Bookworms often have a rare jewel in their collection that they are unable to throw out — despite efforts to こんまり (Konmari, tidy in the method of Marie Kondo by getting rid of clutter) around the house. For me, this book is the 1965 エチケット事典 (Echiketto Jiten, Etiquette Dictionary).

I found my copy after the Japanese consulate in Chicago partook in some Konmari of their own. I was unable to resist its yellowed pages, the cameo pendants that decorate its cover, and the tagline across the top that provided a hint as to the contents inside: 交際・慶弔・服装・手紙 (Kōsai/Keichō/Fukusō/ Tegami, Relationships/Congratulations and condolences/Clothing/Letters).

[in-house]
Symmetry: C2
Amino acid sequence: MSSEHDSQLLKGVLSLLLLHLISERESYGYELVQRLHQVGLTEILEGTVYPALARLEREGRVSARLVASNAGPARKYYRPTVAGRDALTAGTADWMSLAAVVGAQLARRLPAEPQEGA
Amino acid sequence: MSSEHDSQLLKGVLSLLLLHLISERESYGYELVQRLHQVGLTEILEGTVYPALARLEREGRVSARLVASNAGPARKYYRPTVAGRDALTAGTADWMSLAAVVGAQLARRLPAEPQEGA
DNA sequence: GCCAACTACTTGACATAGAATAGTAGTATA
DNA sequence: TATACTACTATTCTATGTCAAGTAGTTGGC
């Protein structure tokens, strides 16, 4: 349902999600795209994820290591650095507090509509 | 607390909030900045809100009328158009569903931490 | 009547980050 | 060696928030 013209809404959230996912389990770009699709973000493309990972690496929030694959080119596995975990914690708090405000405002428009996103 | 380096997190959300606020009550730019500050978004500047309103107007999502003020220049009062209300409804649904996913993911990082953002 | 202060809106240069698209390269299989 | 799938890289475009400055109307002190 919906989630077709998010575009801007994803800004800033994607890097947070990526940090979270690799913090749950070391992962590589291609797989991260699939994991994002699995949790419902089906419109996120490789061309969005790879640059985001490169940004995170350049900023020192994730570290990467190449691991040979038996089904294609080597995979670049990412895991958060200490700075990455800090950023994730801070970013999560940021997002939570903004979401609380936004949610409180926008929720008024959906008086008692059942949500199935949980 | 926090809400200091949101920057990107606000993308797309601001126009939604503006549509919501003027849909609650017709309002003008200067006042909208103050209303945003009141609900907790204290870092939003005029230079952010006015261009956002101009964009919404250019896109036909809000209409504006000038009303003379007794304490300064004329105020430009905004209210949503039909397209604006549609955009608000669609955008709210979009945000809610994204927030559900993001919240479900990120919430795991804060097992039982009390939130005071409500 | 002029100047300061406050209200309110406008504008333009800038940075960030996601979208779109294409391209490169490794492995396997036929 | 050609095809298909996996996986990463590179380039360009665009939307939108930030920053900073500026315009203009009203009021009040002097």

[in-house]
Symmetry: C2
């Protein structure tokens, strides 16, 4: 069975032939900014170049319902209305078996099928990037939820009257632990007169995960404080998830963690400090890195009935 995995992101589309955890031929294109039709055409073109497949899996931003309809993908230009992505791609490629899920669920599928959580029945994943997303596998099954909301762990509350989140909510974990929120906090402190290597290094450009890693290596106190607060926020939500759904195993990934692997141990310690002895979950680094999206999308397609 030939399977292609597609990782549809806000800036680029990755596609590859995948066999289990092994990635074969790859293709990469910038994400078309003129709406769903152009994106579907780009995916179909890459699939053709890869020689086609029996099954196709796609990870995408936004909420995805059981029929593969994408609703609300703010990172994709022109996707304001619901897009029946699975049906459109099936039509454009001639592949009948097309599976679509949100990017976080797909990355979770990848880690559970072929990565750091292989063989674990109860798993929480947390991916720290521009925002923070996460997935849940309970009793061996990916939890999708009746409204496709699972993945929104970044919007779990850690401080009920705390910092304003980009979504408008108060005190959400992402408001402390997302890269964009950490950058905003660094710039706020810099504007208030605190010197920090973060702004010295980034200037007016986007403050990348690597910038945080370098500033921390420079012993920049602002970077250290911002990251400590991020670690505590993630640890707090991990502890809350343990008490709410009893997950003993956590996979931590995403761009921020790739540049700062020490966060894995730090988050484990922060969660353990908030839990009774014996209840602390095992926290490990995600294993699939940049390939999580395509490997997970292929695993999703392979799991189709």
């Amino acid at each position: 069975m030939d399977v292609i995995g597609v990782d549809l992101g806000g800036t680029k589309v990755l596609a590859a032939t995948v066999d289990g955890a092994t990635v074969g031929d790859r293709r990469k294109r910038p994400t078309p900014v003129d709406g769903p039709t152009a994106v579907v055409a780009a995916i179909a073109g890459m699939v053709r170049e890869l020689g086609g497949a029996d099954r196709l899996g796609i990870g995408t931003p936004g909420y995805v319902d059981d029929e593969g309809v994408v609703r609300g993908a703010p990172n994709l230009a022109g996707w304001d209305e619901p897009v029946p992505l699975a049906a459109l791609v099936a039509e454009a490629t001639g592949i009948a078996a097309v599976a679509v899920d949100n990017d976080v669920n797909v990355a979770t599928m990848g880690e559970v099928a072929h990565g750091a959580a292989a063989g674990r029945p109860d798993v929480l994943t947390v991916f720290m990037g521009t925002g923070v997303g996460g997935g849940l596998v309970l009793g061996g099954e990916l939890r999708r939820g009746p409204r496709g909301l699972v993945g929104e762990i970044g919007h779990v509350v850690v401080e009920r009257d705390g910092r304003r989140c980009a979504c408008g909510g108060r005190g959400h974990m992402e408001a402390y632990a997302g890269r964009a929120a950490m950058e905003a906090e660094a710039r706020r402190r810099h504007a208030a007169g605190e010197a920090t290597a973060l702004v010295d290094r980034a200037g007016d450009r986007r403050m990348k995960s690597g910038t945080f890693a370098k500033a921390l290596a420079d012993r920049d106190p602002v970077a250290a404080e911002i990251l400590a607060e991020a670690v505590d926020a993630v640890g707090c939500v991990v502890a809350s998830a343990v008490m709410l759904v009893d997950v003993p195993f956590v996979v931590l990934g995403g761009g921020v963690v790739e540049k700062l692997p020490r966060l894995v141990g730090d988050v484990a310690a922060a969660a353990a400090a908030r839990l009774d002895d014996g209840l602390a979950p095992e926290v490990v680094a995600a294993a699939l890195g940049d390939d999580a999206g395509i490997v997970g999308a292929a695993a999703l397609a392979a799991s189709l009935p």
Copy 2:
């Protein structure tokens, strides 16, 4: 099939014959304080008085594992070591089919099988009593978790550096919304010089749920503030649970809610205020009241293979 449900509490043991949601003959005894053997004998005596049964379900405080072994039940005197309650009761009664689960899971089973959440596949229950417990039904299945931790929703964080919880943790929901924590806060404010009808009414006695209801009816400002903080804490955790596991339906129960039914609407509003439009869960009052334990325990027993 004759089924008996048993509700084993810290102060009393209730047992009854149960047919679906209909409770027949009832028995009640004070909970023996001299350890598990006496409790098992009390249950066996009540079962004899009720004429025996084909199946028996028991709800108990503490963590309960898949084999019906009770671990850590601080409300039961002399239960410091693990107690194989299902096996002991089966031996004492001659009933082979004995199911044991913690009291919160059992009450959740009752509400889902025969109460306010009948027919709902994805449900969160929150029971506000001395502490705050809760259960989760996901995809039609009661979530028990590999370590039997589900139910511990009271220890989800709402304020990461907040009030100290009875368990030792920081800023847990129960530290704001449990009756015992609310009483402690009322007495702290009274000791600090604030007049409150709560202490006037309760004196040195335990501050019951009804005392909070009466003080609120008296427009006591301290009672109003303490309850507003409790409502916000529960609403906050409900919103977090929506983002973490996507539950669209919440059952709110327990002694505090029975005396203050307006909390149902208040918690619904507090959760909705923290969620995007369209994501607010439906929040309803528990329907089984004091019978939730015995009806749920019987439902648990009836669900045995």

The 366-page publication was included as an appendix for the April 1965 issue of the magazine 婦人生活 (Fujin Seikatsu, Women's Life), and its goal is to help guide the Japanese through the terror that is modern life; every instance of 交際 (kōsai), which means "relationship" but can also be thought of as "social interaction," represents the possibility of unthinkable embarrassment due to etiquette failure.